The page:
A media cause célebre from the Mečiar era, the cutting of the transmission of independent Rádio Twist in 1997, was finally brought to a close with the conviction of the former state official responsible for taking the anti-Mečiar station off the air.
On September 21, the Banská Bystrica Regional Court turned down the appeal of Gabriel Szanto, former director of the Radio-Telecommunications division of Slovak Telecom (ST). Szanto, 42, had been found guilty in a Žiar nad Hronom court on April 6 this year of endangering the public interest by cutting off elctricity to the station.
The Banská Bytrica court upheld the one year suspended jail sentence issued by the lower court in the case.
According to legal briefs, Szanto issued a written directive to cut off the flow of electricity to Twist's main transmitter on Sitno Hill in central Slovakia. Because of his action, Twist was off the air from November 27 until December 4, 1997.
Szanto had appealed the April 6 verdict, arguing that his act had not been aimed against the radio station, but had been taken in order to protect the lives of Slovak Telecom employees, who had been assigned to make repairs to the Sitno Hill transmitter tower. The higher court dismissed his arguments.
Twist Radio, founded in 1993, covers more then 50% of Slovak territory, and attracts its listeners from among urban, educated citizens between the ages of 25 and 45. According to media experts and advertising agencies, Twist Radio regularly ranks fourth in listeners, behind state-owned Slovak Radio and Rock FM, and the commercial station Fun Radio.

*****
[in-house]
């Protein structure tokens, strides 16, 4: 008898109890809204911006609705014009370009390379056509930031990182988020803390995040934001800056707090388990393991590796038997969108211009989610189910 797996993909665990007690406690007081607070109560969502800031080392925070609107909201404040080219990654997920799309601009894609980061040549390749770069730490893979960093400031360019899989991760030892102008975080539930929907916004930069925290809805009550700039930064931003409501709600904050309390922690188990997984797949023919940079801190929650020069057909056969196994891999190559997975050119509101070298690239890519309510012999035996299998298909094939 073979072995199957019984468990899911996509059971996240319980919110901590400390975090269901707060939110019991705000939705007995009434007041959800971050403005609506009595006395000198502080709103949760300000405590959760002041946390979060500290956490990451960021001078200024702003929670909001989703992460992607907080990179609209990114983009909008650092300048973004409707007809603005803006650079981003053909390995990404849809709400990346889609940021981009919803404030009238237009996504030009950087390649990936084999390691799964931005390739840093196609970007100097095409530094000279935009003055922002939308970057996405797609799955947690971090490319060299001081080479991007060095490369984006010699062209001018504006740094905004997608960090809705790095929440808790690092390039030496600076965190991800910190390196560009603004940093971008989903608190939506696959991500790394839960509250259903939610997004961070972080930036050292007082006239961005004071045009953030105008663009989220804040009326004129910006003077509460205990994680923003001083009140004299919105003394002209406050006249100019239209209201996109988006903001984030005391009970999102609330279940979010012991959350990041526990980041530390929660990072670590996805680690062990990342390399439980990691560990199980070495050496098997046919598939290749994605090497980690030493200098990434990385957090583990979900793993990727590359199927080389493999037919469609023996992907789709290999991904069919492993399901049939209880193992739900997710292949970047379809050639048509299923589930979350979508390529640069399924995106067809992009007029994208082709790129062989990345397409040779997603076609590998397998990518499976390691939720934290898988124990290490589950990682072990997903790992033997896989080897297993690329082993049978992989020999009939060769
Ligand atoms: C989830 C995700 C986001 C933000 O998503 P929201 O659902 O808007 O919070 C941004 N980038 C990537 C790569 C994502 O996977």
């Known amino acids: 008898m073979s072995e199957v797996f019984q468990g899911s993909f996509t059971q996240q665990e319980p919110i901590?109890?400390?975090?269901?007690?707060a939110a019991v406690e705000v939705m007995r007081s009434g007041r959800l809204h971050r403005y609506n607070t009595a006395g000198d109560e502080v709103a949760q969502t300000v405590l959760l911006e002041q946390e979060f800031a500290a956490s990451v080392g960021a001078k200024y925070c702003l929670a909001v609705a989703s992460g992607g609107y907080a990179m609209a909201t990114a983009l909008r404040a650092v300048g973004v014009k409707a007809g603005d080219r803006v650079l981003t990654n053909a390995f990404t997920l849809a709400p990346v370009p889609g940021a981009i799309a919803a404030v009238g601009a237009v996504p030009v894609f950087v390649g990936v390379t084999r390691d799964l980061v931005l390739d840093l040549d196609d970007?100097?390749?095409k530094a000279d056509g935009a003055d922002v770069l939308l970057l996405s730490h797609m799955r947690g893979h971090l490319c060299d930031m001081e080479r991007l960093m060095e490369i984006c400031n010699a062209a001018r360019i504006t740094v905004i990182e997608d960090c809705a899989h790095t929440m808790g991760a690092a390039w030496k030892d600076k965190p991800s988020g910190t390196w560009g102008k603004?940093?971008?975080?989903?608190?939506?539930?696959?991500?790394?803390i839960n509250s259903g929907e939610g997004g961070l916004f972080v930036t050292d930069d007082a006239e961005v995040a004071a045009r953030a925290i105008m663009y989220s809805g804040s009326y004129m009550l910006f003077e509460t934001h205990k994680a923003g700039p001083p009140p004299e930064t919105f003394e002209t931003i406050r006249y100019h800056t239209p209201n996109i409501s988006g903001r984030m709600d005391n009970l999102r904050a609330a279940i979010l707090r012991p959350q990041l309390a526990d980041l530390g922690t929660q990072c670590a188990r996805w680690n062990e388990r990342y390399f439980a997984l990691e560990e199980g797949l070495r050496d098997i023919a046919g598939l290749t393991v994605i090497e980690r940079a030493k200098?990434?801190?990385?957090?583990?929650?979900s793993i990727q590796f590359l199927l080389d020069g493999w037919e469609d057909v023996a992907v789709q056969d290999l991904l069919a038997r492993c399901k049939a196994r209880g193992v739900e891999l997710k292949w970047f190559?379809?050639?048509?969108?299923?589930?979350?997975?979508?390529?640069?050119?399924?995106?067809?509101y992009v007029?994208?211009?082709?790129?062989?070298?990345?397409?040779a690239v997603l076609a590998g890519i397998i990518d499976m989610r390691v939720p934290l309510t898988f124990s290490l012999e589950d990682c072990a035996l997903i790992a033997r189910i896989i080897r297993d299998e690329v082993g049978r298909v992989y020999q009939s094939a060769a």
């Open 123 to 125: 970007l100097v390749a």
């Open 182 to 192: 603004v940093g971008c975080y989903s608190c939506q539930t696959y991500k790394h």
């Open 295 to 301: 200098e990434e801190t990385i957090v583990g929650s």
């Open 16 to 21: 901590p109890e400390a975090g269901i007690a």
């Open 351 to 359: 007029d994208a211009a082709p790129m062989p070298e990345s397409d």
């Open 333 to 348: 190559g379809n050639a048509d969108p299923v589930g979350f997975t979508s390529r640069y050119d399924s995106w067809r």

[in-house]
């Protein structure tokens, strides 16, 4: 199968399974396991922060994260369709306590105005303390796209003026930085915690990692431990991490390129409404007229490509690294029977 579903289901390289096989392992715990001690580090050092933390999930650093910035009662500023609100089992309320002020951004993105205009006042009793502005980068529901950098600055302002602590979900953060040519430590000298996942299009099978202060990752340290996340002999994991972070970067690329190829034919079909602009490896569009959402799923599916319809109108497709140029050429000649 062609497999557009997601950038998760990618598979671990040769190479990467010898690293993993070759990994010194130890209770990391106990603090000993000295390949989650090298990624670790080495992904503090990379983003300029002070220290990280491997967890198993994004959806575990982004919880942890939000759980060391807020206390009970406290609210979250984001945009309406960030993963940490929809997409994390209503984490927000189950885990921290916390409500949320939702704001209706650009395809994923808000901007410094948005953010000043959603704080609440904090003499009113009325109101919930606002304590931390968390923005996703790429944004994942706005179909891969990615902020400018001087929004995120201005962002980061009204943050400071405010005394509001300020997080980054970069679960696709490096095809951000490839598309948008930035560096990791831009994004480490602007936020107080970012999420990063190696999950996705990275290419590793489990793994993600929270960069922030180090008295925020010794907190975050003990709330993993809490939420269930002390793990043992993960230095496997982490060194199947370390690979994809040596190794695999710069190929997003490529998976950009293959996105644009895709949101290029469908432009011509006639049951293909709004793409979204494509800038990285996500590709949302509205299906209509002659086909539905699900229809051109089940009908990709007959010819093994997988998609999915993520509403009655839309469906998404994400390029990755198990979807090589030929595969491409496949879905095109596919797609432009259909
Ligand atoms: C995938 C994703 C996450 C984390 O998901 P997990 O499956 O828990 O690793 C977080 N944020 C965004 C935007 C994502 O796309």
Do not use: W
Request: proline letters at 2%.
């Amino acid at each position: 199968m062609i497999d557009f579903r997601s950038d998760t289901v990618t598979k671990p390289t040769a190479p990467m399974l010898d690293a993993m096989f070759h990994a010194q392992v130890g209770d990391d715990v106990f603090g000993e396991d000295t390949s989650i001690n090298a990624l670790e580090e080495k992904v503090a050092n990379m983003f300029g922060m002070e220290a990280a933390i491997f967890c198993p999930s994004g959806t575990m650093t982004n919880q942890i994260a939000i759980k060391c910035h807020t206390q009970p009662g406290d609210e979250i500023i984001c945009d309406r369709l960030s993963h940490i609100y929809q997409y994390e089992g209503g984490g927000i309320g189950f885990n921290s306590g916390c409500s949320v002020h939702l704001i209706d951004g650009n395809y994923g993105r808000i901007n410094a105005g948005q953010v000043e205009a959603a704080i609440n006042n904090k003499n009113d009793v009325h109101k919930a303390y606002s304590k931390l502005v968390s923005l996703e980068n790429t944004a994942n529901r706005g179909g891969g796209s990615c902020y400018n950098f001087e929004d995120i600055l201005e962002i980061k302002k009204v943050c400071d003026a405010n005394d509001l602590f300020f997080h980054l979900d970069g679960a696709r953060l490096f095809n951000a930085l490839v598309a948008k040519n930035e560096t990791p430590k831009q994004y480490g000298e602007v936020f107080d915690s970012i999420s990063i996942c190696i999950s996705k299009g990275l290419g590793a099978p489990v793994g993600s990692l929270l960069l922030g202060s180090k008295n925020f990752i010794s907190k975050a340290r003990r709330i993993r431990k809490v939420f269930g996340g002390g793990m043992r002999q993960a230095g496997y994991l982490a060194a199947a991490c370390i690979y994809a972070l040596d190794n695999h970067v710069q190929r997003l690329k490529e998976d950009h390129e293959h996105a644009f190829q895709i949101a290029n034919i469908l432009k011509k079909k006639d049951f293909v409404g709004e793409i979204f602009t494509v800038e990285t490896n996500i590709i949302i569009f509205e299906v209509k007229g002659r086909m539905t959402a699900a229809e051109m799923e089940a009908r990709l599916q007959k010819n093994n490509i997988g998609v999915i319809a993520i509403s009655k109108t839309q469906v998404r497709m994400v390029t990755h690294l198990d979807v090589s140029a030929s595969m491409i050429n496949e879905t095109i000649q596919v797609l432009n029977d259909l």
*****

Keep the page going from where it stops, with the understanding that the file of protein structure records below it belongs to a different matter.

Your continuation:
Ľuboš Machaj, Twist Radio Programme Director, said that Twist had had many problems under the former government of Prime Minister Vladimír Mečiar. As a radio station critical of Mečiar and his policies, Machaj said, Twist had faced an information embargo from the government as well as other hindrances such as interference with its transmission and public campaigns to discredit its reporters.
Machaj said that Twist had served a crucial role in Slovakia during the Mečiar regime as an independent source of information. It had not been alone in facing government pressure, he added, as opposition newspapers such as the Sme daily and TV Markíza had also faced information restrictions.
Machaj added that the Mečiar regime had also required state-owned companies like Slovenské Telekomunikácie (ST) to place ads only with media outlets approved by the government. Media campaigns for these firms were drawn up by the Mečiar-friendly Donár advertising agency, he said, irrespective of how many listeners and readers opposition media might have.
Twist, like many other radio stations in Slovakia, is preparing to apply for renewal of its six-year broadcast license.
Twist owner Andy Hrýc said that his station would submit a license proposal to state broadcast authorities by the end of October.
11. Oct 1999 at 0:00 | Soňa Bellušová